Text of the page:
Student mural of late Fayette ‘servant superintendent’ unveiled at Central Office
As videos and words of the late Fayette County Public Schools Superintendent Emmanuel “Manny” Caulk filled Central Office Thursday, a mural created by Bryan Station High School students honoring Caulk was unveiled to the public.
The mural, which depicts Caulk interacting with students, has been installed in the stairwell of the John D. Price Administration Building.
Caulk died in December 2020 after a short illness while he was superintendent. He was hired in 2015.
Bryan Station High School students worked on the mural for about three years.
Joshua Hocker, who graduated last spring, said students came up with the image for the mural by looking back on Caulk’s photos. They did “a memory recall mural,” he said. They also captured him looking to the future of Fayette County Schools.
Student Dorothy George, who worked on the mural, said when she participated in a science fair in seventh grade, Caulk encouraged her to go into biomedical sciences in college. She is now a high school senior.
“I see myself as your servant superintendent,” Caulk said in a tribute video. He said he believed in service and it took an entire community to ensure student success.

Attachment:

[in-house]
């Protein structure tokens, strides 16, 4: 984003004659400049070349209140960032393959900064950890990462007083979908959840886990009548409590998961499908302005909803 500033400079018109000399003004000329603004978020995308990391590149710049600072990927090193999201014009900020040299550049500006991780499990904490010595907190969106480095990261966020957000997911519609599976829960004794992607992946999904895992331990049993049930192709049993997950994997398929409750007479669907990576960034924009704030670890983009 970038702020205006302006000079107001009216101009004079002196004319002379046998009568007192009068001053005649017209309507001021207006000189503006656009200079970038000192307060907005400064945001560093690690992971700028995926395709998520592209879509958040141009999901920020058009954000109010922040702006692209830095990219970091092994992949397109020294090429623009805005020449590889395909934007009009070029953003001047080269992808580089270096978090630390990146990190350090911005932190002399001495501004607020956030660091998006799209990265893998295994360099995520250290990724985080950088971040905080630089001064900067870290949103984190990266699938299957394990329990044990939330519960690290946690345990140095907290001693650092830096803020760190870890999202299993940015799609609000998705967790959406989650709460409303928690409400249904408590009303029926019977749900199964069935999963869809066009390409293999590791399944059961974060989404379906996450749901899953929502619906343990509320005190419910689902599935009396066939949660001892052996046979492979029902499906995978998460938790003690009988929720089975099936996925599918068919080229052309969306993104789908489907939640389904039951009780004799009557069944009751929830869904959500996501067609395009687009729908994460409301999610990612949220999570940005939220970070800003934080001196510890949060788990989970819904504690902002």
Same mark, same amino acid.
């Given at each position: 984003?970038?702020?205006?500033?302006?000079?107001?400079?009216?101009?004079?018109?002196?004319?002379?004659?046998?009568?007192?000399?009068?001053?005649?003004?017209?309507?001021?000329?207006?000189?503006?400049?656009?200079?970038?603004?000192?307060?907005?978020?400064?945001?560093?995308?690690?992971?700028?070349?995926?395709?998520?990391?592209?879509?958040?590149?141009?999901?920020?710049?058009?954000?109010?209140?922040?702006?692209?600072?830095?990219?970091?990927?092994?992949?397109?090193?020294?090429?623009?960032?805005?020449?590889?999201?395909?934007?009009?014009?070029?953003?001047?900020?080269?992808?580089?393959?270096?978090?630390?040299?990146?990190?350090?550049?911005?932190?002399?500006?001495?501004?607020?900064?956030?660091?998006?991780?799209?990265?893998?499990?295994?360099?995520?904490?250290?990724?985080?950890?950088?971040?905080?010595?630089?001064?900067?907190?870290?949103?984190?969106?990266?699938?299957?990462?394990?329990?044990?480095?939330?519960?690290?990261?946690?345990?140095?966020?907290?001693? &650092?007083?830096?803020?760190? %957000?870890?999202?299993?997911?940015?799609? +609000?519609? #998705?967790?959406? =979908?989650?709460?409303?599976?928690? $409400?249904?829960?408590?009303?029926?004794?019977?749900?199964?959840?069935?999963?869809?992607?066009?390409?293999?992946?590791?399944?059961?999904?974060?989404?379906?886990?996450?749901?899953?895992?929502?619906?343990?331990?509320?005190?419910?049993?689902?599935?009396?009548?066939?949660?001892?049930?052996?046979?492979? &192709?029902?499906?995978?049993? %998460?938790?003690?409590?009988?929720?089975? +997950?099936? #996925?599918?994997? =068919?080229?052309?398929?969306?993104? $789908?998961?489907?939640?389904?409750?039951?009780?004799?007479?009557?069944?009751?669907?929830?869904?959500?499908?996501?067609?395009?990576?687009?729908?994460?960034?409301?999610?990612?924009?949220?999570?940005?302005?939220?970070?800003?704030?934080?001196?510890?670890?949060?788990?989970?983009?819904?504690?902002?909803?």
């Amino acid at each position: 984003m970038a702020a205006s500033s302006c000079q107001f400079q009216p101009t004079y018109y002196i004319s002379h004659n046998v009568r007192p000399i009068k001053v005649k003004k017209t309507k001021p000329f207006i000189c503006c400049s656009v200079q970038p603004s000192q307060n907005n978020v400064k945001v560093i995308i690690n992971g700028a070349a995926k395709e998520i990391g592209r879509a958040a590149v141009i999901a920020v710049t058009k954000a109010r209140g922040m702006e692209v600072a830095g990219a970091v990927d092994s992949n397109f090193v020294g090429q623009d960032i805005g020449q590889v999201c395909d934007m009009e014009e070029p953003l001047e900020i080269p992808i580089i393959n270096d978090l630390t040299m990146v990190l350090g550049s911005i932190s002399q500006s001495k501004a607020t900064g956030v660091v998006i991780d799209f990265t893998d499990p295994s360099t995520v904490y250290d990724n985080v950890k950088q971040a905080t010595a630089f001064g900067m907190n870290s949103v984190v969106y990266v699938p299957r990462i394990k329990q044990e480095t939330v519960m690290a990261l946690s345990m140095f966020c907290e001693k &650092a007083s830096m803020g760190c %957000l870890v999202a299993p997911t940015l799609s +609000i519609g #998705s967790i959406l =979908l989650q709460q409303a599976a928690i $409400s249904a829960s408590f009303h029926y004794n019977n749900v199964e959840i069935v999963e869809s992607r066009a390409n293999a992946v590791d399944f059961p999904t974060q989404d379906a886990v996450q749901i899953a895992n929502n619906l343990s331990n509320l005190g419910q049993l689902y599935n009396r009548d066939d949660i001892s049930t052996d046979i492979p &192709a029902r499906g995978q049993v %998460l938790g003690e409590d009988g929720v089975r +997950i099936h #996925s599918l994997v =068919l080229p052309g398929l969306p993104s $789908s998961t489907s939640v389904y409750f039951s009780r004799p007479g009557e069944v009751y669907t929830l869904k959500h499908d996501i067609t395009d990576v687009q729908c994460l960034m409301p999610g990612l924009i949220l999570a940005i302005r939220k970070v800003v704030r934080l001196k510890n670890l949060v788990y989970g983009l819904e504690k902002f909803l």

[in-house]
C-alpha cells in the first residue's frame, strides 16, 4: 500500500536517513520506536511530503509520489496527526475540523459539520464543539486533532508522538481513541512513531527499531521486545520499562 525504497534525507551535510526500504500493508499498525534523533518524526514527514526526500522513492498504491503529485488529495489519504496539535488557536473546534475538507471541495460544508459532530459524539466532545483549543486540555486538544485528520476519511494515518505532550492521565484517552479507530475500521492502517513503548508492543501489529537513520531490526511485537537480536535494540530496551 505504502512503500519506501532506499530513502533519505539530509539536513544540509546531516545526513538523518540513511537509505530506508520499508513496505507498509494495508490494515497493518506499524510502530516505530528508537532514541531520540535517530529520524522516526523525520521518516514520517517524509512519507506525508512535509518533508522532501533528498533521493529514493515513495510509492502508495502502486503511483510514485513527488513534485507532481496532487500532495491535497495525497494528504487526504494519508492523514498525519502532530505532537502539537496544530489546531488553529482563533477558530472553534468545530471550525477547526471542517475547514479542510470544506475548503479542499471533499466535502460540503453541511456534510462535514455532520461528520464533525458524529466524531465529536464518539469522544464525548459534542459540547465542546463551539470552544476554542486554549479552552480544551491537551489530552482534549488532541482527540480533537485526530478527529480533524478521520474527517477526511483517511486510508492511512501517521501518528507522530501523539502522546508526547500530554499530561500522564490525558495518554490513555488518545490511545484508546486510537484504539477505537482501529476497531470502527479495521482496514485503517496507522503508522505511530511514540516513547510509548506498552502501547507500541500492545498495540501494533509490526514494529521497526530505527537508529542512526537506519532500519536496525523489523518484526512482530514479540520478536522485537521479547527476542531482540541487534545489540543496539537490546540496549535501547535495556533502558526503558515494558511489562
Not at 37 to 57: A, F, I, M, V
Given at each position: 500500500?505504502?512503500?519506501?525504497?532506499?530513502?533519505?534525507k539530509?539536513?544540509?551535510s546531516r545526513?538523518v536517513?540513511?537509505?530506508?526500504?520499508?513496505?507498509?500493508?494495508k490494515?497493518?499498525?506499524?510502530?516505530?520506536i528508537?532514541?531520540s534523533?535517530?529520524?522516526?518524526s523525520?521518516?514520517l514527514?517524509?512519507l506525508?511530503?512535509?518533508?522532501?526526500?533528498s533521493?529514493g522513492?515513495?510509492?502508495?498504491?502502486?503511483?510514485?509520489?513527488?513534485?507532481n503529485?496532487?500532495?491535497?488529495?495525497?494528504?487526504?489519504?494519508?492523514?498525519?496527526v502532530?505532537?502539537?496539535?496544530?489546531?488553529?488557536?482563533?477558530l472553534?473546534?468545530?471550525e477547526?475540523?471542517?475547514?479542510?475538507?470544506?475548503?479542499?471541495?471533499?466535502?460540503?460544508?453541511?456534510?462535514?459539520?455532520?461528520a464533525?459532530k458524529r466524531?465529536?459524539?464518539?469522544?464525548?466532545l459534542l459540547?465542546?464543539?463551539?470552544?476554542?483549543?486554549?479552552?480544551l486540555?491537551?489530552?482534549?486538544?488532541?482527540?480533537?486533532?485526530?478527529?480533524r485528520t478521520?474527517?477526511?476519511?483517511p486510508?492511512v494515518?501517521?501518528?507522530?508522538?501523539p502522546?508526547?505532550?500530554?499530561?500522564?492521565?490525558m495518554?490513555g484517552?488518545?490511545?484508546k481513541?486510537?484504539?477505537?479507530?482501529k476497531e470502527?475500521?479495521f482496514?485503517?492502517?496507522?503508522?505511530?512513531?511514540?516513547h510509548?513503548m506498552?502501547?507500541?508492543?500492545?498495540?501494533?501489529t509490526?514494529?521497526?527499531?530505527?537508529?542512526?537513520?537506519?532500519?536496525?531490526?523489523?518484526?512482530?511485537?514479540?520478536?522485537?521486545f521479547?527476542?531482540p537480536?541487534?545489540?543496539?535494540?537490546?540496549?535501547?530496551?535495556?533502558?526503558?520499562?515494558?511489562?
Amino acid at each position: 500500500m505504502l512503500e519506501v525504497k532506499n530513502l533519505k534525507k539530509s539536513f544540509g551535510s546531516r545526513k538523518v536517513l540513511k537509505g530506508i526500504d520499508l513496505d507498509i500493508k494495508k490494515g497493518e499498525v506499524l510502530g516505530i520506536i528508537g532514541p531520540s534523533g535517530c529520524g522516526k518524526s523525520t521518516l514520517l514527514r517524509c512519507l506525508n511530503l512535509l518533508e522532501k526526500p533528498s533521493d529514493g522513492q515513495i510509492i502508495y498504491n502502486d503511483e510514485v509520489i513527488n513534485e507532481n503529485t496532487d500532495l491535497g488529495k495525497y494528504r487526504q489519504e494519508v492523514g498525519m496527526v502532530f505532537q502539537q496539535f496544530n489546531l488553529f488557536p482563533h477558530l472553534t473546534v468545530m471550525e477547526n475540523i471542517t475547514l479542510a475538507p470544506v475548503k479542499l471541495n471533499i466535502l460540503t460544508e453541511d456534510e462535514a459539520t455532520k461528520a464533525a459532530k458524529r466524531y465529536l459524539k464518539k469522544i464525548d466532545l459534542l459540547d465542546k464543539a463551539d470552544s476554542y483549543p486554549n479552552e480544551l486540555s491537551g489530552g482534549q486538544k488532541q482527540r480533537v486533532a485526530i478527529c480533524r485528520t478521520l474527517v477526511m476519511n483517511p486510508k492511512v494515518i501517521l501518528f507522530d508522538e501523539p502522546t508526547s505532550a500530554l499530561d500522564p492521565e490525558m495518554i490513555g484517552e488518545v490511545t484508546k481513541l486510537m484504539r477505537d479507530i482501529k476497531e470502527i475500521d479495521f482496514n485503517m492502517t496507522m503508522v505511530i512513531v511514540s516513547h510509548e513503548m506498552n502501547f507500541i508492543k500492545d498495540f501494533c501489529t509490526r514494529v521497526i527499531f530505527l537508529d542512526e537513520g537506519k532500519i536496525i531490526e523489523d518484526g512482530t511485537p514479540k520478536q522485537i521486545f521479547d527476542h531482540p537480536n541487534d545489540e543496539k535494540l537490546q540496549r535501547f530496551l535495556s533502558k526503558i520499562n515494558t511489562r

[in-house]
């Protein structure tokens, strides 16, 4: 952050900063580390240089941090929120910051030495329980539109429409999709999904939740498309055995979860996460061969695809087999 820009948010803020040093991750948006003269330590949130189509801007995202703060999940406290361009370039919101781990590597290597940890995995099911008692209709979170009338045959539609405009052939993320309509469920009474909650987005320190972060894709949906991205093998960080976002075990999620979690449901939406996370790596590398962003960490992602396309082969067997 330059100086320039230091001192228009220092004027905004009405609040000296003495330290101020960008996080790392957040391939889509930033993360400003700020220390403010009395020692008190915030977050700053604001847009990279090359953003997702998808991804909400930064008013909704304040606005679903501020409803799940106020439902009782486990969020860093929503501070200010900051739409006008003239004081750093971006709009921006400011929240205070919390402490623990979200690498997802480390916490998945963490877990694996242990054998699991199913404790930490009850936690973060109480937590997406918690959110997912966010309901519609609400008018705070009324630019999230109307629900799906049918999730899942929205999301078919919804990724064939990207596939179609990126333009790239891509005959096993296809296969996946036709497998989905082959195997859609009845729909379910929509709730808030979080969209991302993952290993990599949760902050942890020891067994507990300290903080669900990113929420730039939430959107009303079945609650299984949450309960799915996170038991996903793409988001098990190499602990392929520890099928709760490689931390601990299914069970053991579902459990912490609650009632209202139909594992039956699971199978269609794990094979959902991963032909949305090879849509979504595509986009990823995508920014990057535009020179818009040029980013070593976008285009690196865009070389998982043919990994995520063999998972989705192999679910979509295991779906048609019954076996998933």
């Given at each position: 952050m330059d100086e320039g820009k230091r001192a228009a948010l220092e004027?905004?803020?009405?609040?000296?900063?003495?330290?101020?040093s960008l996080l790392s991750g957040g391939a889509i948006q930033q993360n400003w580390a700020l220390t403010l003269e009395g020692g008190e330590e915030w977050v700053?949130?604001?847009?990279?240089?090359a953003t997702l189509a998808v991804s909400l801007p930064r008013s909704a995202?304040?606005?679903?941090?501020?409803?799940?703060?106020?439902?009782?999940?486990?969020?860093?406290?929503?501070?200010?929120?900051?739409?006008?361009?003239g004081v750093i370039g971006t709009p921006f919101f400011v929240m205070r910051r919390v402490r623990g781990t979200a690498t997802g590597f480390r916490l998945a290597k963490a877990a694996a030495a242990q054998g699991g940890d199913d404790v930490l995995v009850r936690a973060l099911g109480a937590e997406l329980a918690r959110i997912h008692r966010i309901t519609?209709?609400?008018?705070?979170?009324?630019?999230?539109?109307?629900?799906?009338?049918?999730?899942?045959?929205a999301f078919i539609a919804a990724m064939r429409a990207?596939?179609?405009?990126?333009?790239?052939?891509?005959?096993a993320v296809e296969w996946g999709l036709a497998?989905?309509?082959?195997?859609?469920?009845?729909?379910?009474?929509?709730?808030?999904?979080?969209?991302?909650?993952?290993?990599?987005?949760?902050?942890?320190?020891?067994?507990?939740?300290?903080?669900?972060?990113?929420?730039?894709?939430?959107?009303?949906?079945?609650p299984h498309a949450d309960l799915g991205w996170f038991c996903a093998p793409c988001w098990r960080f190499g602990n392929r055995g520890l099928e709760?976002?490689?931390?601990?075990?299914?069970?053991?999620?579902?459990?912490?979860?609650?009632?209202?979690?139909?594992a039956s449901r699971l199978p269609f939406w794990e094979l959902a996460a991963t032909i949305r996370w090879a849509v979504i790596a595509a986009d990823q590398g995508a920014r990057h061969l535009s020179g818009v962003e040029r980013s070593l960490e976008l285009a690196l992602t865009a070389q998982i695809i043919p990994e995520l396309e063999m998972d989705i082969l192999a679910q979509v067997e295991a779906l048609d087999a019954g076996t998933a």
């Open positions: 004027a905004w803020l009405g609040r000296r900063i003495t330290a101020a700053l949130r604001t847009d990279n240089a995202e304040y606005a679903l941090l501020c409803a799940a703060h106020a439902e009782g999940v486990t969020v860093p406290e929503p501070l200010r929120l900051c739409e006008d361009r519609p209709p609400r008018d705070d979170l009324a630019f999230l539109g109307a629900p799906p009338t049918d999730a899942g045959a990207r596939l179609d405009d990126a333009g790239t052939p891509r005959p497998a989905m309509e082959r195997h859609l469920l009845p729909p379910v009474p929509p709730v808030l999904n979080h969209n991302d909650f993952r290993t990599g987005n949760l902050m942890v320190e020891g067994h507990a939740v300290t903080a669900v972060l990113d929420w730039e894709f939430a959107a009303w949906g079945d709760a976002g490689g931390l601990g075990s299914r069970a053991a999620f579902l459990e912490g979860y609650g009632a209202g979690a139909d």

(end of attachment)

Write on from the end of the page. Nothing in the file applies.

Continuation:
“We remember you, partner,” the tribute video said, referring to Caulk’s belief that families, students and the entire school community were his partners.
Former school board members, Caulk’s wife Christol Caulk and his children were among a large crowd at the ceremony.
“He was a servant leader that encouraged the next generation to invest in themselves through the value of hard work and education,” Christol Caulk said.
School board member Amanda Ferguson said she was on the board that hired Caulk in 2015 when the district was facing many challenges and had conducted a nationwide search to face the issues head on.
With Caulk, “we just knew we had found the right fit,” she said. She said his passion for putting students first was evident but so was his passion for staff and building relationships with families and community members.
“If you ever heard him speak, you know he always put our babies first. He had no time for politics, drama or grown up foolery,” said parent Penny Christian. “Today, FCPS unveiled a mural created by students at Bryan Station High School, inspired by the Manny they knew. The Manny who saw them, who fought for them.“